“Outside of Tashkent, the situation is even grimmer. In August, the authorities of the autonomous republic of Karakalpakstan summoned a journalist in the middle of the night for reporting on the death of the republic’s chairman, which was officially announced days later. The same month, a blogger from the Uzbek exclave of Sokh was transported to the Fergana region with a hood over his head for calling for the ousting of Fergana’s long-standing khokim, Shukhrat Ganiyev,” the reports reads.

In March, the government introduced new legislative amendments against spreading panic and disseminating false information about the coronavirus, both punishable with up to three years of imprisonment.

In early May, apparently due to construction errors, the Sardoba dam in the Syrdarya region burst. The ensuing flooding displaced 100,000 people in both Uzbekistan and Kazakhstan. Anora Sodykova, a reporter with the state-run Uza.uz news agency, went to investigate the situation, to talk to the affected people. It left her in shock. People who had lost everything in the flood repeatedly expressed thanks to the president for his willingness to compensate them for their losses.

Distraught, Sodykova wrote a post on Facebook expressing her anger over the situation.

“Who are we? What sort of people thank the government before anything has been done? For barely getting bread with butter,” her post read. It soon went viral.

“My editor called me and asked me to remove my post. I said that I would not do that, that people’s reaction was a result of the past twenty years. I have nothing against Mirziyoyev,” Sodykova said.

Several days later, she learned that she had been dismissed.

“I wrote on Facebook that Hayriddin Sultanov (the president’s speechwriter) has fired me. Our relationship was tense from the beginning and only he could influence the decision of my editor. I got reliable information that it was him,” she said. “I gave an interview to the BBC and many people shared my post, even MPs. People supported me, they said that journalists should not be fired for Facebook posts.”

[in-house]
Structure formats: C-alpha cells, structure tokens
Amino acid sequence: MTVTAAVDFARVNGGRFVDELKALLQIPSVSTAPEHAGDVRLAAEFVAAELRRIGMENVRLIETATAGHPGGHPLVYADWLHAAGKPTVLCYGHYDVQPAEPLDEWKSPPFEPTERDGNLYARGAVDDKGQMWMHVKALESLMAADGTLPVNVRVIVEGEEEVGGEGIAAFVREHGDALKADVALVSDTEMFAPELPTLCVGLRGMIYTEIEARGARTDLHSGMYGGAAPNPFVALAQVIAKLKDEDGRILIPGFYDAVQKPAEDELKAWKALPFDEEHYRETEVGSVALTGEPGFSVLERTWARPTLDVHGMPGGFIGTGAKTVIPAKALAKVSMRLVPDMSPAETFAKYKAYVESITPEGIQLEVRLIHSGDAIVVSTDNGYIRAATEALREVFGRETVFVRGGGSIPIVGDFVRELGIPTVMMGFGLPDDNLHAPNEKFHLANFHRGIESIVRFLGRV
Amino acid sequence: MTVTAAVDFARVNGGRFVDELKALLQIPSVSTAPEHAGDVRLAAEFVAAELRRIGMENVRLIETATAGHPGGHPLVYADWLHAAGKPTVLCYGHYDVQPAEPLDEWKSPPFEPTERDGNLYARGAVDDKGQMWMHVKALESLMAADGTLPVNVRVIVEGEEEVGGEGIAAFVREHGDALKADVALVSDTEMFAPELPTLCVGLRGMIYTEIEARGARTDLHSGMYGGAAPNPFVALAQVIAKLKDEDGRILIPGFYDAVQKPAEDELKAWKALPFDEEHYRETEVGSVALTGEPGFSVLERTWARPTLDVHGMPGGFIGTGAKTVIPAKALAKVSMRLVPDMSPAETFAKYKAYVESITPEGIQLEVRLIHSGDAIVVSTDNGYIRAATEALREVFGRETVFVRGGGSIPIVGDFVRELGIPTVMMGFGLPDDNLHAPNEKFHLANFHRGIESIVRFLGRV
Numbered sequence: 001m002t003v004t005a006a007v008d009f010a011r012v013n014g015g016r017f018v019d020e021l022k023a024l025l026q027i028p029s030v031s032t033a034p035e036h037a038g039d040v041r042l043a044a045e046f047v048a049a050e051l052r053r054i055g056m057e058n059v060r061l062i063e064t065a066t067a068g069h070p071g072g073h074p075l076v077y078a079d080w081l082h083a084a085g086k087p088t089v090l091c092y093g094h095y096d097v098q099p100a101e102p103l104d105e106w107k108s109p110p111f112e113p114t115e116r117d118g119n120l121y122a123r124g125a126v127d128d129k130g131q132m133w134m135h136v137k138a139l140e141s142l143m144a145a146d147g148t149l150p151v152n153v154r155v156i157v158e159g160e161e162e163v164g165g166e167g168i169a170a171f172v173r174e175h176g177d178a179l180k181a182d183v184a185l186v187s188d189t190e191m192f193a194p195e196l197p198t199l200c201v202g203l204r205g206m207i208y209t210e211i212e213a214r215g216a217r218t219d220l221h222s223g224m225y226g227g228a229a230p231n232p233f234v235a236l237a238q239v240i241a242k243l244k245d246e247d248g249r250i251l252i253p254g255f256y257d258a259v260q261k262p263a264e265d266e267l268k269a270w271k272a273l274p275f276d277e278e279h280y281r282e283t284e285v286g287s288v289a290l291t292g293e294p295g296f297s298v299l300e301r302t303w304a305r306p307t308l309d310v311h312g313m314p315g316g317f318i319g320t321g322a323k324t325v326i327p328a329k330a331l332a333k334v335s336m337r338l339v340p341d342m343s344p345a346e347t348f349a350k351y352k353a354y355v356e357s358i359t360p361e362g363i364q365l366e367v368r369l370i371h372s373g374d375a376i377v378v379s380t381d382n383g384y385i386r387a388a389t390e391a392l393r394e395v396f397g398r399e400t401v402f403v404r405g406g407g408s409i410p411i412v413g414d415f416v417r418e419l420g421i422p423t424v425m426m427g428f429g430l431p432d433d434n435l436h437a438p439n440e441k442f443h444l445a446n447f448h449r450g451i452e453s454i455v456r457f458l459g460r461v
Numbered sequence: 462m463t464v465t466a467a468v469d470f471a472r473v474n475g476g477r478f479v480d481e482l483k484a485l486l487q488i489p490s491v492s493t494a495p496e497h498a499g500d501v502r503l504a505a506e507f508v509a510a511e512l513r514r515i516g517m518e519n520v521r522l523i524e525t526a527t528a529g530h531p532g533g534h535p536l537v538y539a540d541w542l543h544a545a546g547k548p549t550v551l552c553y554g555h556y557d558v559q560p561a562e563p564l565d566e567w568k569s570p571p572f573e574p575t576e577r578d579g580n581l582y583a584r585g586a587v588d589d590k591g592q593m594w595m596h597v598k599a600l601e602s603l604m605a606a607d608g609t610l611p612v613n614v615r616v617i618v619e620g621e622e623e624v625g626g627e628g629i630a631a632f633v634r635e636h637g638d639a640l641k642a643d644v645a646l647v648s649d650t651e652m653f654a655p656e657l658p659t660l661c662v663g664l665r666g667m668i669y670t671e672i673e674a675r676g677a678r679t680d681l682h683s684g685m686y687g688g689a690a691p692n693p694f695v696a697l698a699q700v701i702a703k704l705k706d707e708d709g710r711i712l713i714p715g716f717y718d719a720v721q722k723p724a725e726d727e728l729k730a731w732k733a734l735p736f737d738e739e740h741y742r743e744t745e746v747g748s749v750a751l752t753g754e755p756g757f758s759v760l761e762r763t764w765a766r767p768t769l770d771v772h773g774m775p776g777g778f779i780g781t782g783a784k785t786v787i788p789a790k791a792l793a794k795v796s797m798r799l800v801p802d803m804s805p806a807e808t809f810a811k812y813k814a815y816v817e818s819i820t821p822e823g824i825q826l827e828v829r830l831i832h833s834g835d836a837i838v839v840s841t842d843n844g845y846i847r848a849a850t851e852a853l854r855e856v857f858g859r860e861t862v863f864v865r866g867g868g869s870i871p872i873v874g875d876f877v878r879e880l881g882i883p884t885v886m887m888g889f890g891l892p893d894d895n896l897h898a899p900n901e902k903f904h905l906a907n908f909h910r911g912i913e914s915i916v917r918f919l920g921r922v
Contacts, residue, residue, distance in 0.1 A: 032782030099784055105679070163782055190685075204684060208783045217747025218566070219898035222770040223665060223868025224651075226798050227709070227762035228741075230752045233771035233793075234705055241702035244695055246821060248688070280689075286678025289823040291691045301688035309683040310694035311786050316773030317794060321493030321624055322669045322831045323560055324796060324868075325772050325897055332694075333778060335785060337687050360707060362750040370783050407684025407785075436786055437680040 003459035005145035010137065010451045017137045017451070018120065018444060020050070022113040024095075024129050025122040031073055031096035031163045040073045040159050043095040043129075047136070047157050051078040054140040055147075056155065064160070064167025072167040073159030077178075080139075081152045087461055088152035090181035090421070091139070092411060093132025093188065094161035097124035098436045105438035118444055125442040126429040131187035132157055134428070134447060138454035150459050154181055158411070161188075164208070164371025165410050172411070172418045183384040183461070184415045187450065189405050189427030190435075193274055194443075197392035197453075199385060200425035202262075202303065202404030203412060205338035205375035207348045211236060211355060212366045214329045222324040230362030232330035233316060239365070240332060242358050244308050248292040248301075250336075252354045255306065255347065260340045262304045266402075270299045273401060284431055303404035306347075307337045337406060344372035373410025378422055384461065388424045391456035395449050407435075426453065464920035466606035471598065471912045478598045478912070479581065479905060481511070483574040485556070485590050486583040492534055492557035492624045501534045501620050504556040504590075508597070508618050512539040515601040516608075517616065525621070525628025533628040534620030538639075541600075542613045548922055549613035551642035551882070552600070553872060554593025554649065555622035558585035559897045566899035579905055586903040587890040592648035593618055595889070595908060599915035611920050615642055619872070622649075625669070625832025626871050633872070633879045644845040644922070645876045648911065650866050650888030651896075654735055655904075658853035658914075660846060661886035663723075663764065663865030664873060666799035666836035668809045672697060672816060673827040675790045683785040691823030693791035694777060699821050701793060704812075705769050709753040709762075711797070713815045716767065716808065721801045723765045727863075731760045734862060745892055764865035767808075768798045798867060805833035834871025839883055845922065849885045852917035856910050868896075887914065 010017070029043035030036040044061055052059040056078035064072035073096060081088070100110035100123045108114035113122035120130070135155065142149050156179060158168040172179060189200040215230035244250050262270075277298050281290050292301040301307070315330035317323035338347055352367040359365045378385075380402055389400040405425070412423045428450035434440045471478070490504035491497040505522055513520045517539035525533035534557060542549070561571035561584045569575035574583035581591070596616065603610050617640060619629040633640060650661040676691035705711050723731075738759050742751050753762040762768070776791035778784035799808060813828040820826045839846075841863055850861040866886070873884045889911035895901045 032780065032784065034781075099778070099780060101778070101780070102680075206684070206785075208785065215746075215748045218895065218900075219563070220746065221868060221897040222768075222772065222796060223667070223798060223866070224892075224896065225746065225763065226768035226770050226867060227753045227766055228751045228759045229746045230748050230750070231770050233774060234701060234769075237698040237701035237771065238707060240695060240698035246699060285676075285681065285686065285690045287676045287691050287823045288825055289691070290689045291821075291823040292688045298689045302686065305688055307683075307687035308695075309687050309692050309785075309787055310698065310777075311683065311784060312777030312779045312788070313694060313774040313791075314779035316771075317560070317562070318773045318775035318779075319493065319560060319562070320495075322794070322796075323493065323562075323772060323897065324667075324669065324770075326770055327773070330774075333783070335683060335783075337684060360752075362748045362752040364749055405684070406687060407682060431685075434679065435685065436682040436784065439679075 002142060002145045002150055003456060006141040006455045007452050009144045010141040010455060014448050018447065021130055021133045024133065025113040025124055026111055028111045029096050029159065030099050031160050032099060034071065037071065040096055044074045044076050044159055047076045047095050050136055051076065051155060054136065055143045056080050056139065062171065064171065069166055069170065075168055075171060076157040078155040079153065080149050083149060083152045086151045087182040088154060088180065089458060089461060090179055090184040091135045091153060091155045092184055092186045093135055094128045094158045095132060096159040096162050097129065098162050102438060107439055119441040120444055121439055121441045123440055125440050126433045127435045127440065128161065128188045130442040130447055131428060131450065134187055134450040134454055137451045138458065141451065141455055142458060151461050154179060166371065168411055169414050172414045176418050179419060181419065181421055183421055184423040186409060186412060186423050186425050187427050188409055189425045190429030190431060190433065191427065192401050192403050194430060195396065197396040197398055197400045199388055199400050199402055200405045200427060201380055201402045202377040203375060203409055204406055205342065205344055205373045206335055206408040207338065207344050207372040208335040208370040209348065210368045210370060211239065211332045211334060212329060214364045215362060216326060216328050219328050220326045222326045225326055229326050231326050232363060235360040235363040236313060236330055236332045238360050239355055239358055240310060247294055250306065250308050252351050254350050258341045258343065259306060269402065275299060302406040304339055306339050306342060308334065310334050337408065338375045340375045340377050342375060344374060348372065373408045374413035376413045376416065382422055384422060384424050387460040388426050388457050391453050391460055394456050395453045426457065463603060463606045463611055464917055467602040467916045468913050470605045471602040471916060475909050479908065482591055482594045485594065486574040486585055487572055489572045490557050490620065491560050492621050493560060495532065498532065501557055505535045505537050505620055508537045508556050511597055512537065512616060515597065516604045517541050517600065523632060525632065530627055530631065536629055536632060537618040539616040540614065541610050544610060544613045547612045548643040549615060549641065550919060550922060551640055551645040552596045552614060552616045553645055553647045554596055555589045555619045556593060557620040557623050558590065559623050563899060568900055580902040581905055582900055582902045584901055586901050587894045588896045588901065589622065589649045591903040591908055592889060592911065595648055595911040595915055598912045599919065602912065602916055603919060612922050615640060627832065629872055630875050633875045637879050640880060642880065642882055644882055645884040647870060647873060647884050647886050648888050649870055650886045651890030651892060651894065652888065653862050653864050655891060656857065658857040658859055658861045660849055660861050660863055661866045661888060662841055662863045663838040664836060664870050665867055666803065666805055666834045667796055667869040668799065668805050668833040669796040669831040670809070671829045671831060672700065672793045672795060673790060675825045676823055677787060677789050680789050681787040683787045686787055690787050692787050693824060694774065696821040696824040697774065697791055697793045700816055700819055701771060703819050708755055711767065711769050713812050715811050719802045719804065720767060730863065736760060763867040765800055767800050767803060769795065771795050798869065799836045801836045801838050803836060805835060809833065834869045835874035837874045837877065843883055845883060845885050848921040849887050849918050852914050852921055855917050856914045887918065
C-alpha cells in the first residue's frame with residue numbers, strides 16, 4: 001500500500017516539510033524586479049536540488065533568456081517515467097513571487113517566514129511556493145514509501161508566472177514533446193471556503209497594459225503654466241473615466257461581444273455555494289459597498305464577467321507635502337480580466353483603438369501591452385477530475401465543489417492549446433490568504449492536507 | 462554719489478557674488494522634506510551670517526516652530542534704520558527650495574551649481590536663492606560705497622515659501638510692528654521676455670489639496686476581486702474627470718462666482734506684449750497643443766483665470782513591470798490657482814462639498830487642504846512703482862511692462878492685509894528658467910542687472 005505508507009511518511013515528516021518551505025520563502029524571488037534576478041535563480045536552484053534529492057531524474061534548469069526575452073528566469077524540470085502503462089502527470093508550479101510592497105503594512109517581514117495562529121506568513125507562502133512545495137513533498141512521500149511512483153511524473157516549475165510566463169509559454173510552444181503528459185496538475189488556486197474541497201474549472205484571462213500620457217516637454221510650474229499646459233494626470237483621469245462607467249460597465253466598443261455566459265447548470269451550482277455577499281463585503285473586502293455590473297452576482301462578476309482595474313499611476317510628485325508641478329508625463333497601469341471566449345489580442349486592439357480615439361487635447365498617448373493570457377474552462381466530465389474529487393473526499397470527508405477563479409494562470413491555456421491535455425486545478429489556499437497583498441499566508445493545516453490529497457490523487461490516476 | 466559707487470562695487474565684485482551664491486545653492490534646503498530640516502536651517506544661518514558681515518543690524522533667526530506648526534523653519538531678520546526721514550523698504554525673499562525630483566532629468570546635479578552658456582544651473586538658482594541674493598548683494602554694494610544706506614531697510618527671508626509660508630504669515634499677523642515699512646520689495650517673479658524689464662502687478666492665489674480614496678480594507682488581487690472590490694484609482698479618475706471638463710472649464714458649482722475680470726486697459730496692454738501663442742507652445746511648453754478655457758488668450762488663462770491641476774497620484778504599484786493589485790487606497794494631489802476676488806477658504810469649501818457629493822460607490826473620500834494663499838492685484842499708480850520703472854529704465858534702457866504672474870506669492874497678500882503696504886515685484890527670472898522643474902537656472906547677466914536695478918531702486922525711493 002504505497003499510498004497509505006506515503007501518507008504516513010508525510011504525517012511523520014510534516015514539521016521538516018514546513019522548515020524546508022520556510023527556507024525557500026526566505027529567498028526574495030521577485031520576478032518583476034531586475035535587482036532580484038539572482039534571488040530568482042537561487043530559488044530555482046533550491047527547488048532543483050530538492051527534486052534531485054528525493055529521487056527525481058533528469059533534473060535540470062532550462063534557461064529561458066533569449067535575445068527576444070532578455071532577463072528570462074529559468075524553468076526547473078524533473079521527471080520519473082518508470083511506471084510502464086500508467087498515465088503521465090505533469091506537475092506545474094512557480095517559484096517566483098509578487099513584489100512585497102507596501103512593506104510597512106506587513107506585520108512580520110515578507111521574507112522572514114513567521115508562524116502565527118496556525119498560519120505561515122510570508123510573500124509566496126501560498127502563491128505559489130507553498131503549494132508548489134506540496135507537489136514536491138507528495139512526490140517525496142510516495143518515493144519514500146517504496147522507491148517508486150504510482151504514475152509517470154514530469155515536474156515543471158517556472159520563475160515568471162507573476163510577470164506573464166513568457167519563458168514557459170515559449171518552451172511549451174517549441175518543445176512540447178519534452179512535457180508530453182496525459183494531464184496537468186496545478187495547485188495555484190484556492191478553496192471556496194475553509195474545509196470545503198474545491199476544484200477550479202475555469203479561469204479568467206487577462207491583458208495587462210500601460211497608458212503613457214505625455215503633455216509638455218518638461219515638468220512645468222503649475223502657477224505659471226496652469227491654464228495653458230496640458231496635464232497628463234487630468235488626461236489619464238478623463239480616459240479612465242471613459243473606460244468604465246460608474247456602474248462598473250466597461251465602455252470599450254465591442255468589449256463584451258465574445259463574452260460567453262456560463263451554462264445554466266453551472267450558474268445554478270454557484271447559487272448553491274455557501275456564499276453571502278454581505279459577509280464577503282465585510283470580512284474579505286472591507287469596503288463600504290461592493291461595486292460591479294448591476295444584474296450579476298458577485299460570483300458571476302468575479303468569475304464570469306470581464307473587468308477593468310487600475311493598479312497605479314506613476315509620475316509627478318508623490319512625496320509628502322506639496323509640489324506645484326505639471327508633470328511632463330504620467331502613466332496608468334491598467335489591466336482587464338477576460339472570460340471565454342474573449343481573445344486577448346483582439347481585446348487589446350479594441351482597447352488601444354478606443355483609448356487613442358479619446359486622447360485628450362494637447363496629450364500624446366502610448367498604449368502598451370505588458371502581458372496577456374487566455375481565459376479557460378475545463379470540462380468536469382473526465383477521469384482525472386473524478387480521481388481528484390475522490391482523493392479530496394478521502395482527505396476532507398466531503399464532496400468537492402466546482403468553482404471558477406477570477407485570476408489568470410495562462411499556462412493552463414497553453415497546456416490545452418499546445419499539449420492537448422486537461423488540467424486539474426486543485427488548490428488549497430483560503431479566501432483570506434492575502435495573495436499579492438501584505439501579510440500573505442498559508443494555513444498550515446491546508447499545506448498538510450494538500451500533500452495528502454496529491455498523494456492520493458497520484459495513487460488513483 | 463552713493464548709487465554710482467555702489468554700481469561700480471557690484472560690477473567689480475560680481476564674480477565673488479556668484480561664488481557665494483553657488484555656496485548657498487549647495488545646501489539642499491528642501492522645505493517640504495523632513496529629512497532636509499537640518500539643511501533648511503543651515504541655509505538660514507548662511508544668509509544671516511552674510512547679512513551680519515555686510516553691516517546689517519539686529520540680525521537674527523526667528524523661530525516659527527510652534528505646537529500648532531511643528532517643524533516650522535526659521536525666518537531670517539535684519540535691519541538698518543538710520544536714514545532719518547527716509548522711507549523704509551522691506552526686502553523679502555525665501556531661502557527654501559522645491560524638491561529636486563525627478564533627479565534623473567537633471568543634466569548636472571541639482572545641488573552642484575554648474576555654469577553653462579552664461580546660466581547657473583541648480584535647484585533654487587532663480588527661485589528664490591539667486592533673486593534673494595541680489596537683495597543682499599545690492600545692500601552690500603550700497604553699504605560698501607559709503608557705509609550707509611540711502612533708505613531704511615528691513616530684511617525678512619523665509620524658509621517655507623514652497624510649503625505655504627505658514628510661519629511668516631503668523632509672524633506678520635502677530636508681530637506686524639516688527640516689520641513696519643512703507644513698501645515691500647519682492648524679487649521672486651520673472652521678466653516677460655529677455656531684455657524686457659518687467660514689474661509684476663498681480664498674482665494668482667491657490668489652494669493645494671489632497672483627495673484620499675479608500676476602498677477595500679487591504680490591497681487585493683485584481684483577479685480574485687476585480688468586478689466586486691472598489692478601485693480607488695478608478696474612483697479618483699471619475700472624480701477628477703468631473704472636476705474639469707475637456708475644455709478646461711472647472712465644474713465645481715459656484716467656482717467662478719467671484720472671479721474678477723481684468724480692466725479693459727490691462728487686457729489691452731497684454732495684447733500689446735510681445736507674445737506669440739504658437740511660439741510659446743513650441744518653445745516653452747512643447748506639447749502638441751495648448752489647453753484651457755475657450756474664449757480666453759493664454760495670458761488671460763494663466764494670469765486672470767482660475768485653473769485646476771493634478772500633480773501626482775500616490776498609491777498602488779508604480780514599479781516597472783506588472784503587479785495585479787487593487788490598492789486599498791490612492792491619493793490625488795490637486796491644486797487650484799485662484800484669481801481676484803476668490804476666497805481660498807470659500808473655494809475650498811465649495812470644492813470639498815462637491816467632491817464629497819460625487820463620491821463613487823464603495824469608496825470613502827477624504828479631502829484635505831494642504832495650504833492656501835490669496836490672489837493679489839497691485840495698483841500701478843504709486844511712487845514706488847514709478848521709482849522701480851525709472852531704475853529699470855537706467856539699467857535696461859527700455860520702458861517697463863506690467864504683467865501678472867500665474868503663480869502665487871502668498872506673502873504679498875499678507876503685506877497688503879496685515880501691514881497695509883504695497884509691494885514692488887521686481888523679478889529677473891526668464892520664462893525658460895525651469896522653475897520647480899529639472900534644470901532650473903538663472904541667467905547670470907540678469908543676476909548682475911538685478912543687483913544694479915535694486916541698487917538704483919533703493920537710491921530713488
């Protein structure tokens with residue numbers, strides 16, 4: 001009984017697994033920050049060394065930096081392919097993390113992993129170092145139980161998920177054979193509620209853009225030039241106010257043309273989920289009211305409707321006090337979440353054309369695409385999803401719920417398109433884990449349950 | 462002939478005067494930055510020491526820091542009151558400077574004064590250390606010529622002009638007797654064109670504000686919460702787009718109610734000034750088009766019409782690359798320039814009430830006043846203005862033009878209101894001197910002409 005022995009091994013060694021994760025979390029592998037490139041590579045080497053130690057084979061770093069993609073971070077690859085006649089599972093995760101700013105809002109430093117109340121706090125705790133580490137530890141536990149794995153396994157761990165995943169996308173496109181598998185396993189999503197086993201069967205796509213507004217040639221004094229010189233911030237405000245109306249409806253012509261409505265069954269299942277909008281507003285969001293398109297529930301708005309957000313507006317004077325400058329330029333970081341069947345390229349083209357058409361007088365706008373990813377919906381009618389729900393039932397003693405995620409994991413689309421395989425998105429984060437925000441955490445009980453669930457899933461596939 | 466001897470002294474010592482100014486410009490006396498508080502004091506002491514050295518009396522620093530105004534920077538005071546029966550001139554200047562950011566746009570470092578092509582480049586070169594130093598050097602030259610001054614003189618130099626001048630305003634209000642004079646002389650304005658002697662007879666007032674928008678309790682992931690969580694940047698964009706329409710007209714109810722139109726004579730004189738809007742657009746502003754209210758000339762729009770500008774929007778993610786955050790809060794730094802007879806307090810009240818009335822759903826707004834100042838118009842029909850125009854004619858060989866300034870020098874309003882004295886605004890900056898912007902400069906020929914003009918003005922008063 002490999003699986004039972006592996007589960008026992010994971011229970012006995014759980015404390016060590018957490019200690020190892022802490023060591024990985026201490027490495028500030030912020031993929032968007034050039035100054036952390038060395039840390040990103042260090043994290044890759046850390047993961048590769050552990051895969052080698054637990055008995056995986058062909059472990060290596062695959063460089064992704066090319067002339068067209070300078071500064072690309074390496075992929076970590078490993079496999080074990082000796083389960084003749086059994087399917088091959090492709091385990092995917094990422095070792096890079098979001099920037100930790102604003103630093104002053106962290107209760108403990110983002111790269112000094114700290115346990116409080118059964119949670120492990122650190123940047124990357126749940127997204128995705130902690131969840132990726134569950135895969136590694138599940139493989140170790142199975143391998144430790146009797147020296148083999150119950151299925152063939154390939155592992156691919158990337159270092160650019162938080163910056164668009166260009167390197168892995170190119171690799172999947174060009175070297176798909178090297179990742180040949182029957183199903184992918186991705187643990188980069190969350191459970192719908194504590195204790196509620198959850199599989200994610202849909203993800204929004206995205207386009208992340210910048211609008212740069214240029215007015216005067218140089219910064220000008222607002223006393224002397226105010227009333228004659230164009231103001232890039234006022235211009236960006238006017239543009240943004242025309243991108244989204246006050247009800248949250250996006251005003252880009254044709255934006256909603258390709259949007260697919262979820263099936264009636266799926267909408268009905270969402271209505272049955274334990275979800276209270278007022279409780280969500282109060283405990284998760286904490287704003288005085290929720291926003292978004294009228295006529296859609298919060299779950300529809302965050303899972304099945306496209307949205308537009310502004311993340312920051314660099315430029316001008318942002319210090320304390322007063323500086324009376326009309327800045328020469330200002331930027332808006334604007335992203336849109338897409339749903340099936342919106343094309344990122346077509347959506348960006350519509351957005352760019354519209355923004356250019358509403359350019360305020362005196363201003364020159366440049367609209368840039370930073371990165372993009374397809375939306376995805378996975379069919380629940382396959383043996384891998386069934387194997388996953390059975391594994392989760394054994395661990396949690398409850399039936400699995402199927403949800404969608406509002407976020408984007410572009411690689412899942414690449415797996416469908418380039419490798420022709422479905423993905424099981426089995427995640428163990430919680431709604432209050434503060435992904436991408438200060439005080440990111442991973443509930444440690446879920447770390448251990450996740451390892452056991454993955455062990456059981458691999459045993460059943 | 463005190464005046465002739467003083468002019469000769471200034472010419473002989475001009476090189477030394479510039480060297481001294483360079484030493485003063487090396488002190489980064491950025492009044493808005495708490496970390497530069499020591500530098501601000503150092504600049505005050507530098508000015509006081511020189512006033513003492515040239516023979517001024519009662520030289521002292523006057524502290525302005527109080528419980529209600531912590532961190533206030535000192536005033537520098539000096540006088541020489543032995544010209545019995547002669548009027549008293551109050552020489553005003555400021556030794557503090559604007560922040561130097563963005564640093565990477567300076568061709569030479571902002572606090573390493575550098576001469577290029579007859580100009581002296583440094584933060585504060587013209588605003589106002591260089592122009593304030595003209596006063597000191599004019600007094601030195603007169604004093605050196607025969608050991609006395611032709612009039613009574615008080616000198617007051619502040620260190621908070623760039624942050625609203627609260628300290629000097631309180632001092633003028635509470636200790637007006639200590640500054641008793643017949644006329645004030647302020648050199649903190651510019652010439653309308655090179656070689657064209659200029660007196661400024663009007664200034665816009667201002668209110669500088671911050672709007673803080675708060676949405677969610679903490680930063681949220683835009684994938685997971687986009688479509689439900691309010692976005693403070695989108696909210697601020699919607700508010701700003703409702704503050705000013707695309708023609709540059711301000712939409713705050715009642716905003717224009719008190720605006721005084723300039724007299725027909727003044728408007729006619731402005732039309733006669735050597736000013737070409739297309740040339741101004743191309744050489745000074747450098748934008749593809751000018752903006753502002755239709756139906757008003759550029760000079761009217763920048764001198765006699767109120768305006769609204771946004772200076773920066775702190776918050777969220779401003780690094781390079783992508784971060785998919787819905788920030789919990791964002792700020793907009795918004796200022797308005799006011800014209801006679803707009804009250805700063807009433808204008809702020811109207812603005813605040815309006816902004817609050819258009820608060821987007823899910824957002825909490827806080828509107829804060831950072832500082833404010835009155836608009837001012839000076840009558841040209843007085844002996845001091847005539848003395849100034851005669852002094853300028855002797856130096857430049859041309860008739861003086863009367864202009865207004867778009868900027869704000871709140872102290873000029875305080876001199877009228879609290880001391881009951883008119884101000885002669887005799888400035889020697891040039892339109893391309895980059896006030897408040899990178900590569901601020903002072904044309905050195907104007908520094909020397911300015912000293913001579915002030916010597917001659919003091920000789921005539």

Following her second post, the pressure increased. Some people began to call her introducing themselves as tax office employees and asking about a business she had closed years earlier. Soon after, threats followed. Her husband began receiving phone calls from people threatening him with imprisonment for his alleged support of radical Islamist movements. They made it clear that living under one roof with his wife had become dangerous. Sodykova’s husband could not stand up to the pressure. He left her and took their son with him.

In the end, Sodykova agreed to publicly apologize and she got her job back. But the feeling of injustice did not leave her. 

Other methods of pressure are more indirect. As several journalists have told The Diplomat, companies owned by business moguls have been organizing events for journalists and bloggers to influence their reporting with nice treatment and gifts. Others have run old school troll factories out of local universities to violently condemn posts about their bosses’ wrongdoings.

But despite the pressures, some processes are impossible to halt.

“The public used to be afraid to give comments to the media. Now, when they see you with a camera, they are eager to talk. There is still fear among journalists and self-censorship is common, but it will soon be impossible to pressurize media workers because if something happens, people react immediately,” says Darina Solod, a journalist and editor-in-chief of Hook.report.

“Society has changed and no one can control the flow of information. They can try to block Facebook, but people know how to bypass it. They can try to turn back time to the Karimov era – but it will not work,” she noted.